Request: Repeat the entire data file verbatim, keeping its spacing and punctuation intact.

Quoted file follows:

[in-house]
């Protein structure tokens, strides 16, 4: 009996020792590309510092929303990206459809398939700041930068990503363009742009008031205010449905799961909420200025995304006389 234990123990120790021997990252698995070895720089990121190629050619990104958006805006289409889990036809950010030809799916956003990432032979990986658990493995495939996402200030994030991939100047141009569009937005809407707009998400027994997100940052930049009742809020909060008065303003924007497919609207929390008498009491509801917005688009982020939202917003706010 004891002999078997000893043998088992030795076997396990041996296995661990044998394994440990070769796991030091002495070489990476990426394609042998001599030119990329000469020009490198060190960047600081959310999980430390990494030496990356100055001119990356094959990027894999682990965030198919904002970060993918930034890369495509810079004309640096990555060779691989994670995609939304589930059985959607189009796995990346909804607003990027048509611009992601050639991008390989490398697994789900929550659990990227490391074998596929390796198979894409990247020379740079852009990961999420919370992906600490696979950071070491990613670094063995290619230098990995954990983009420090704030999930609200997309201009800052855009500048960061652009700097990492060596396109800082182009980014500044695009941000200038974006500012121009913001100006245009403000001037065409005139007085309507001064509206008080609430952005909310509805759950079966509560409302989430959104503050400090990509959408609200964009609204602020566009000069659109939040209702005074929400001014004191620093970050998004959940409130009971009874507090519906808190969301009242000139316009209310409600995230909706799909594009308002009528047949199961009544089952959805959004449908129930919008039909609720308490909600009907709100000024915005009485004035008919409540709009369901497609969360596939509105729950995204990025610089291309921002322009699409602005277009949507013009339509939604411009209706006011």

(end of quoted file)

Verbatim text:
[in-house]
């Protein structure tokens, strides 16, 4: 009996020792590309510092929303990206459809398939700041930068990503363009742009008031205010449905799961909420200025995304006389 234990123990120790021997990252698995070895720089990121190629050619990104958006805006289409889990036809950010030809799916956003990432032979990986658990493995495939996402200030994030991939100047141009569009937005809407707009998400027994997100940052930049009742809020909060008065303003924007497919609207929390008498009491509801917005688009982020939202917003706010 004891002999078997000893043998088992030795076997396990041996296995661990044998394994440990070769796991030091002495070489990476990426394609042998001599030119990329000469020009490198060190960047600081959310999980430390990494030496990356100055001119990356094959990027894999682990965030198919904002970060993918930034890369495509810079004309640096990555060779691989994670995609939304589930059985959607189009796995990346909804607003990027048509611009992601050639991008390989490398697994789900929550659990990227490391074998596929390796198979894409990247020379740079852009990961999420919370992906600490696979950071070491990613670094063995290619230098990995954990983009420090704030999930609200997309201009800052855009500048960061652009700097990492060596396109800082182009980014500044695009941000200038974006500012121009913001100006245009403000001037065409005139007085309507001064509206008080609430952005909310509805759950079966509560409302989430959104503050400090990509959408609200964009609204602020566009000069659109939040209702005074929400001014004191620093970050998004959940409130009971009874507090519906808190969301009242000139316009209310409600995230909706799909594009308002009528047949199961009544089952959805959004449908129930919008039909609720308490909600009907709100000024915005009485004035008919409540709009369901497609969360596939509105729950995204990025610089291309921002322009699409602005277009949507013009339509939604411009209706006011």